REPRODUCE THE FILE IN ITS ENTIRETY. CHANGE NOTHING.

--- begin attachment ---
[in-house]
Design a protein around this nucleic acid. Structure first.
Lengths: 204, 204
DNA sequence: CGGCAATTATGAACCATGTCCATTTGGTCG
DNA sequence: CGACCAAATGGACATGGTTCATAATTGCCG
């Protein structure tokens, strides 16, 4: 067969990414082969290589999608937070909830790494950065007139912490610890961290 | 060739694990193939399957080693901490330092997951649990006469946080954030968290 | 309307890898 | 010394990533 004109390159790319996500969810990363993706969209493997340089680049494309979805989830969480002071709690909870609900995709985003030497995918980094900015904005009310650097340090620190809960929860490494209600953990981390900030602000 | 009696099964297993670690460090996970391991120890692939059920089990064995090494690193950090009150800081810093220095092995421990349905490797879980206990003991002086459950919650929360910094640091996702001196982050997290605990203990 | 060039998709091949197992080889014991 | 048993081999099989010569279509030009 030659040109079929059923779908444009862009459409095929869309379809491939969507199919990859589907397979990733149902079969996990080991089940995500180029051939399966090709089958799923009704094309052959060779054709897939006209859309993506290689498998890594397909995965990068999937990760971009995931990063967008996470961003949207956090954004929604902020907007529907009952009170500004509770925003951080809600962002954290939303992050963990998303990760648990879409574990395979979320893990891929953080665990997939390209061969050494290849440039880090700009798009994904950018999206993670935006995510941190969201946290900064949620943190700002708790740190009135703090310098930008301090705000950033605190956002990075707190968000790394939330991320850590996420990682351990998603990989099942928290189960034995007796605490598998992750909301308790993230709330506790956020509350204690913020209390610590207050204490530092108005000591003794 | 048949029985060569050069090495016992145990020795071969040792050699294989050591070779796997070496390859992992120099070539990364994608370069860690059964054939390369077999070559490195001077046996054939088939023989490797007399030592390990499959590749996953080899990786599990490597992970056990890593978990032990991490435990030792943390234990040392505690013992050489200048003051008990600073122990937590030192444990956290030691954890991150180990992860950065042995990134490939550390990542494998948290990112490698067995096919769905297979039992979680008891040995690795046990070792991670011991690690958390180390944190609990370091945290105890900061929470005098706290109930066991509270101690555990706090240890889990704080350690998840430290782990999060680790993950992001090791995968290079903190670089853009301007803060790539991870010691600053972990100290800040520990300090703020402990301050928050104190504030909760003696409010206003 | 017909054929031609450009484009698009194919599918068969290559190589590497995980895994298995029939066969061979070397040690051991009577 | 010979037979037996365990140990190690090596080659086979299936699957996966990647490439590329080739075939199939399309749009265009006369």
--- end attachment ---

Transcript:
[in-house]
Design a protein around this nucleic acid. Structure first.
Lengths: 204, 204
DNA sequence: CGGCAATTATGAACCATGTCCATTTGGTCG
DNA sequence: CGACCAAATGGACATGGTTCATAATTGCCG
């Protein structure tokens, strides 16, 4: 067969990414082969290589999608937070909830790494950065007139912490610890961290 | 060739694990193939399957080693901490330092997951649990006469946080954030968290 | 309307890898 | 010394990533 004109390159790319996500969810990363993706969209493997340089680049494309979805989830969480002071709690909870609900995709985003030497995918980094900015904005009310650097340090620190809960929860490494209600953990981390900030602000 | 009696099964297993670690460090996970391991120890692939059920089990064995090494690193950090009150800081810093220095092995421990349905490797879980206990003991002086459950919650929360910094640091996702001196982050997290605990203990 | 060039998709091949197992080889014991 | 048993081999099989010569279509030009 030659040109079929059923779908444009862009459409095929869309379809491939969507199919990859589907397979990733149902079969996990080991089940995500180029051939399966090709089958799923009704094309052959060779054709897939006209859309993506290689498998890594397909995965990068999937990760971009995931990063967008996470961003949207956090954004929604902020907007529907009952009170500004509770925003951080809600962002954290939303992050963990998303990760648990879409574990395979979320893990891929953080665990997939390209061969050494290849440039880090700009798009994904950018999206993670935006995510941190969201946290900064949620943190700002708790740190009135703090310098930008301090705000950033605190956002990075707190968000790394939330991320850590996420990682351990998603990989099942928290189960034995007796605490598998992750909301308790993230709330506790956020509350204690913020209390610590207050204490530092108005000591003794 | 048949029985060569050069090495016992145990020795071969040792050699294989050591070779796997070496390859992992120099070539990364994608370069860690059964054939390369077999070559490195001077046996054939088939023989490797007399030592390990499959590749996953080899990786599990490597992970056990890593978990032990991490435990030792943390234990040392505690013992050489200048003051008990600073122990937590030192444990956290030691954890991150180990992860950065042995990134490939550390990542494998948290990112490698067995096919769905297979039992979680008891040995690795046990070792991670011991690690958390180390944190609990370091945290105890900061929470005098706290109930066991509270101690555990706090240890889990704080350690998840430290782990999060680790993950992001090791995968290079903190670089853009301007803060790539991870010691600053972990100290800040520990300090703020402990301050928050104190504030909760003696409010206003 | 017909054929031609450009484009698009194919599918068969290559190589590497995980895994298995029939066969061979070397040690051991009577 | 010979037979037996365990140990190690090596080659086979299936699957996966990647490439590329080739075939199939399309749009265009006369």